New Finds Near Jerusalem’s Old City


In recent years the paved area outside of the walls of the Old City of Jerusalem served as a parking lot.

Two millennia ago it was a part of Jewish history.

The Israel Antiquities Authority announced this week that a decade-old archaeological dig has uncovered evidence of the Greek fortress of Acra, which was used by King Antiochus IV Epiphanes to put down the Maccabean revolt at the center of the Chanukah story.

Researchers found a massive defensive stone wall, ancient arrowheads, lead slingshots, coins, wine jars, and stones stamped with the trident symbol of Antiochus.

Archaeologists can now reconstruct how the city looked on the eve of the Maccabees’ revolt.

The finds, “silent remains of the battles that took place there in the days of the Hasmoneans,” the priestly family that led the Maccabean revolt, ” solve “one of Jerusalem’s greatest archaeological mysteries,” the Authority said in a statement. They “indicate the establishment of a well-fortified stronghold that was constructed in the high bedrock cliff overlooking the steep slopes of the City of David hill. The newly discovered fort controls all means of approach to the temple atop the Temple Mount.”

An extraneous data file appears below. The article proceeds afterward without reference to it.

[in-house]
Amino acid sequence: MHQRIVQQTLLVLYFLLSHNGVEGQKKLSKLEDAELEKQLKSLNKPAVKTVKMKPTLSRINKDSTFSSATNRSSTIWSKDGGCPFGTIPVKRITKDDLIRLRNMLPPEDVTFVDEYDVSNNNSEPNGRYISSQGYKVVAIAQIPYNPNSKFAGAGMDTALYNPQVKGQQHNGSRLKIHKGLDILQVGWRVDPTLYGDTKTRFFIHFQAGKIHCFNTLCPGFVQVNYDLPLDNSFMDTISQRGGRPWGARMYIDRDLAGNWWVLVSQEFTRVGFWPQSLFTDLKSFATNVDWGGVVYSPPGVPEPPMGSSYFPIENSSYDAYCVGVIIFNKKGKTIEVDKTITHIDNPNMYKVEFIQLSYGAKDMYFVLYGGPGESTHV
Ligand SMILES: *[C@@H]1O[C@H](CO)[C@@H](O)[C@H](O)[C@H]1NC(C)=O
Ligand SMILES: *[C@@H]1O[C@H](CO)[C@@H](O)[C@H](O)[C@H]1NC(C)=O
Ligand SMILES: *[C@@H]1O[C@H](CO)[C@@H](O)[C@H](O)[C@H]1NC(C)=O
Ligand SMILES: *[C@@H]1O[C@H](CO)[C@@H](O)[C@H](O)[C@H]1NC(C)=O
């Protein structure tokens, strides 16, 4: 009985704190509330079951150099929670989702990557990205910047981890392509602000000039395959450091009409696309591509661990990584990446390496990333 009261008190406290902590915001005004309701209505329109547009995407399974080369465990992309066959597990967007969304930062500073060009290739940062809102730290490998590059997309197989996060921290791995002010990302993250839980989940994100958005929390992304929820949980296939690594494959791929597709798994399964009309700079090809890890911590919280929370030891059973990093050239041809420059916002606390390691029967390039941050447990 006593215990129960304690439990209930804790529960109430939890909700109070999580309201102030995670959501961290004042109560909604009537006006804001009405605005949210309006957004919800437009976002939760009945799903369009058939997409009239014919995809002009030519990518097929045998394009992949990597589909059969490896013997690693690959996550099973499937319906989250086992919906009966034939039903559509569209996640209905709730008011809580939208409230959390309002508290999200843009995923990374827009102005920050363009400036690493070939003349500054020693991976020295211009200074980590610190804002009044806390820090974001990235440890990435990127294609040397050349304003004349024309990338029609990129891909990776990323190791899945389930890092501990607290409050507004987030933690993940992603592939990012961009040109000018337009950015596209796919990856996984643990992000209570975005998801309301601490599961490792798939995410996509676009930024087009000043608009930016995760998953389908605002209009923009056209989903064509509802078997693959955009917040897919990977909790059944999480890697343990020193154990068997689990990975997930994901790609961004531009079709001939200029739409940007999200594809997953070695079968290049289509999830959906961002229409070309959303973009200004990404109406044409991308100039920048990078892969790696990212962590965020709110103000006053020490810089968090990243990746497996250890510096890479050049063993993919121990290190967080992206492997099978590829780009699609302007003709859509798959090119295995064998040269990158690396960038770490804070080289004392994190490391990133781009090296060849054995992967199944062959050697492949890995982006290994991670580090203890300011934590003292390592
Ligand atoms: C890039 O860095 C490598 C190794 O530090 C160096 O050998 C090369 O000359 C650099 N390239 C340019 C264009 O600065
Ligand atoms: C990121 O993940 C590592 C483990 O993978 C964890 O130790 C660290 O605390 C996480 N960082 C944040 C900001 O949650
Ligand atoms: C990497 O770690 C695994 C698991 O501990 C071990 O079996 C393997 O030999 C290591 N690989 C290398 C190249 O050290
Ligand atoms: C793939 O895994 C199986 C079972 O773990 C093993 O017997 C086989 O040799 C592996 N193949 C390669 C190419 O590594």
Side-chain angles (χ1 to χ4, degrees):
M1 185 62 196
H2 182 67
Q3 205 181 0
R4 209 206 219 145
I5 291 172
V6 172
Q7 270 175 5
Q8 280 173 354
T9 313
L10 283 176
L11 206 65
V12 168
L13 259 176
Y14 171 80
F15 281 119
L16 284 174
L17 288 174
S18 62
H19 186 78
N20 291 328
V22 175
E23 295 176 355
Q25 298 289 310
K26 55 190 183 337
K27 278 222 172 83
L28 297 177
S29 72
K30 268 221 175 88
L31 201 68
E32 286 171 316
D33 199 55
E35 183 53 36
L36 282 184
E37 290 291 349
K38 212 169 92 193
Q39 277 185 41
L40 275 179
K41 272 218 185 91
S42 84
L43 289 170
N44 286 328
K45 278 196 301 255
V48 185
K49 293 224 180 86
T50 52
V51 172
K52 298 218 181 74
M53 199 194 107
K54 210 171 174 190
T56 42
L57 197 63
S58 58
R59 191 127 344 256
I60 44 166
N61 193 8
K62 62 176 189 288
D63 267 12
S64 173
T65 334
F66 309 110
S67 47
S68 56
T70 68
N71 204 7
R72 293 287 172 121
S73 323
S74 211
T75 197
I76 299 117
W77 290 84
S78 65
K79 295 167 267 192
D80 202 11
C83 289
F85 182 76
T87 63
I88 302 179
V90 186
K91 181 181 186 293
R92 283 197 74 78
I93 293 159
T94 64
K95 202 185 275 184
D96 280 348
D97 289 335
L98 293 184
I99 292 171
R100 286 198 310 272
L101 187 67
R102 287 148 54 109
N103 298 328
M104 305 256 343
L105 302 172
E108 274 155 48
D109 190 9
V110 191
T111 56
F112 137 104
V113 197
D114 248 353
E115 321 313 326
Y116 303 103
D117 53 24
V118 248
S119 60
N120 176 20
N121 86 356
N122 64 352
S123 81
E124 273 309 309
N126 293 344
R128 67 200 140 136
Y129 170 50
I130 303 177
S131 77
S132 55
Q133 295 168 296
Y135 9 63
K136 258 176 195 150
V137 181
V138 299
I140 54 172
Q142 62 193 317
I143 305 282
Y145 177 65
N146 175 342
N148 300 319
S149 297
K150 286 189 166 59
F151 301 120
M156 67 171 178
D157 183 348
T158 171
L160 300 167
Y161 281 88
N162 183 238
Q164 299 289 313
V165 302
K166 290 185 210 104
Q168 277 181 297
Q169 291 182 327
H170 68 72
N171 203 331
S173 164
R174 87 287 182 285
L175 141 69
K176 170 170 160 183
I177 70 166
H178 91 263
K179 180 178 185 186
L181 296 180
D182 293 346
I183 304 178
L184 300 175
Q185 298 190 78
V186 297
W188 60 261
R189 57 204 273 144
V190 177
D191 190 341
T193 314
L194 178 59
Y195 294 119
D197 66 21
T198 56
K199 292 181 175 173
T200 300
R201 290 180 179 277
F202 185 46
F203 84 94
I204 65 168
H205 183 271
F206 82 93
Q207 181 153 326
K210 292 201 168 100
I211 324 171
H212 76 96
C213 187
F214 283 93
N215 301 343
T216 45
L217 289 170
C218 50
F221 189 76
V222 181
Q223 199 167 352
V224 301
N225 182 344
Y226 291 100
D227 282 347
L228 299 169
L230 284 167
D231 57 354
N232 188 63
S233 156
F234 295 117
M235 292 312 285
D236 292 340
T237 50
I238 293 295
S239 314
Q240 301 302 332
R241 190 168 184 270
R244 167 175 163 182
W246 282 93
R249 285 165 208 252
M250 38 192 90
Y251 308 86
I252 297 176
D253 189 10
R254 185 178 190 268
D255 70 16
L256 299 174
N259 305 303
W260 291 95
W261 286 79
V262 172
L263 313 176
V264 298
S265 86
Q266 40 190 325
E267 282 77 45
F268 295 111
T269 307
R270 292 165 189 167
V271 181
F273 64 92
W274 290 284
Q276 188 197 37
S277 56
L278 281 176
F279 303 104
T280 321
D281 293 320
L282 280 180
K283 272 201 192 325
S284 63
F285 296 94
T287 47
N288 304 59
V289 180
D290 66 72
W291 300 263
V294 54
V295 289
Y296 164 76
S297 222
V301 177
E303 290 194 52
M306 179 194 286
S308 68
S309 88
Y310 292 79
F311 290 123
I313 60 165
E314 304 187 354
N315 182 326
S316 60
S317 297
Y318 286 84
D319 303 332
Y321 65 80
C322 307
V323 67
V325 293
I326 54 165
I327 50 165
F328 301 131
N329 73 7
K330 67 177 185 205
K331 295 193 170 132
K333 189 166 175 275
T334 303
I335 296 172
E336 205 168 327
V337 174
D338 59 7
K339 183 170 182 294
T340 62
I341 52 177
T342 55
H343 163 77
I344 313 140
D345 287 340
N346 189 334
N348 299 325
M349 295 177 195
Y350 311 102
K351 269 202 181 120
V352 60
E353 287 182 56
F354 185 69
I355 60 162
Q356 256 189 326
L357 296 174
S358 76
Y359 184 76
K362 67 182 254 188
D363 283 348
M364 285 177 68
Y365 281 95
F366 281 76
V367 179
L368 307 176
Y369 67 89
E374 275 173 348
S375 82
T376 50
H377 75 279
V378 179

Authority workers, left and top right, examine the City of David site; a Authority member shows an display of the artifacts, above.

Acra, from the Greek word acropolis, a fortified place overlooking a town, was occupied by mercenaries and Hellenized Jews. It was built to consolidate the Seleucid-Greek empire’s control over the city, and played a crucial role in the Maccabees’ 167 B.C.E. revolt against Greek rule; it was recaptured by Jewish fighters in 141 B.C.E. and was believed to have been razed several years later.

The Book of Maccabees and the historian Josephus Flavius located the fort within the City of David; it is believed to have been part of a system of defensive structures built by the king to end the Jewish rebellion.

The Authority will open the site to the public by Dec. 6, the first day of Chanukah.